Now to the most important part of the review, which will answer if a networked drive can possibly keep up with Thunderbolt or USB 3.0. Of course we did these tests using the most ideal conditions of having the My Cloud and computer hooked up through Ethernet. The WD My Cloud offers a bunch of extra cloud features over other everyday external hard drives with the benefit of never having to lug it around or being tied down by wires.
In the end, though, the WD My Cloud really boils down to being as good as “my first NAS.” It could be a great solution for families or groups of friends to keep all their images in one place, but there are better, faster, and more expandable solutions out there for professional photographers who need to move around terabytes of files at a time. The News: Sunday, August 14 Edition Beth Snyder August 14, 2016 When Will the Galaxy Note7 Get Android 7.0 Nougat? Breaking The News: Sunday, August 14 Edition When Will the Galaxy Note7 Get Android 7.0 Nougat? Many of us already know Western Digital as a trusted brand for hard drives and storage solutions, but the WD My Cloud goes further by effectively letting you own and control your own personal cloud.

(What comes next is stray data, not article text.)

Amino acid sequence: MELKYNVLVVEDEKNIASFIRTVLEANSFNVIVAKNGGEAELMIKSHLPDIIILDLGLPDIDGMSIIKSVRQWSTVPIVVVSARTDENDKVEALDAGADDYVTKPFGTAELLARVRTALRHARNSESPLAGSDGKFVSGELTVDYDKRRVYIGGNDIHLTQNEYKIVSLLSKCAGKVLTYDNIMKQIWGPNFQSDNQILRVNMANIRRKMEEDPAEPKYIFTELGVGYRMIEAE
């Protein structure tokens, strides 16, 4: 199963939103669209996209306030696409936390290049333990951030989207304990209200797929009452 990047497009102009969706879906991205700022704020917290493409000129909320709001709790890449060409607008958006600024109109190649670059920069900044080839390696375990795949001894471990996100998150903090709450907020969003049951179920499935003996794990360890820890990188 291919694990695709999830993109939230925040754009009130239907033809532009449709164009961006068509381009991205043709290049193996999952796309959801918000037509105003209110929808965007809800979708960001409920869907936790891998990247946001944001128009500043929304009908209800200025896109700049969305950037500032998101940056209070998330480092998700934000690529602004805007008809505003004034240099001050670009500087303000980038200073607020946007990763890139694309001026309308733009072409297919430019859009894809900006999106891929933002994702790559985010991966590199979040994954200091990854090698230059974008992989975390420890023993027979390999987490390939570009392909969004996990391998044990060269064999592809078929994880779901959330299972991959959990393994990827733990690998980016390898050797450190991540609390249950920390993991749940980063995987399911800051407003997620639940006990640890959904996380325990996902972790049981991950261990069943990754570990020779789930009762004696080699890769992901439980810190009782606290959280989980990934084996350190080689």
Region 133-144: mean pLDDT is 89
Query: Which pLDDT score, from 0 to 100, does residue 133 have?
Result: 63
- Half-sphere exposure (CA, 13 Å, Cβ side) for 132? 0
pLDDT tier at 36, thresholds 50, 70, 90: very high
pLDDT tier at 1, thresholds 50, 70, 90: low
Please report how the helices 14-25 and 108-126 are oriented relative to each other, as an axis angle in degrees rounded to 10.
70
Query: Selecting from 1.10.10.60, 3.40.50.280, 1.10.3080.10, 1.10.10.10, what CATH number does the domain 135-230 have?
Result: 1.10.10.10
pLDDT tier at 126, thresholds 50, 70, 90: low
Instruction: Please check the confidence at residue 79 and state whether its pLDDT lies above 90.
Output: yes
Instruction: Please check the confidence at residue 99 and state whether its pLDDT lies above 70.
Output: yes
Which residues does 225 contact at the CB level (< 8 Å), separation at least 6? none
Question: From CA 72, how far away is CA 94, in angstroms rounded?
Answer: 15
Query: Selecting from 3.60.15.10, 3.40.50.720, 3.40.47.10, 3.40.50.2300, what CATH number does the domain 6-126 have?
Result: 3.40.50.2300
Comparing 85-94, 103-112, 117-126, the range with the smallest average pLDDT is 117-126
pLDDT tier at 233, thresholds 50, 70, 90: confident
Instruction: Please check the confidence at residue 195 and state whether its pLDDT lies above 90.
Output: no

You might remember when the MEGATechNews team attended the New York City launch event for the WD My Cloud a couple of months ago.
We already shot and published a short unboxing video that also gives you a quick overview of some of the key features.
Along with the WD My Cloud itself, included in the box are the power adapter, network cable, and quick start guide. The initial setup can be performed vai the web browser on your computer, but you can also do it quite easily through a mobile device like a smartphone or tablet. You'll need to set up an account with the My Cloud service, but once you do, you can connect as many My Cloud devices (and other cloud storage solutions) to that same account for more of a seamless experience.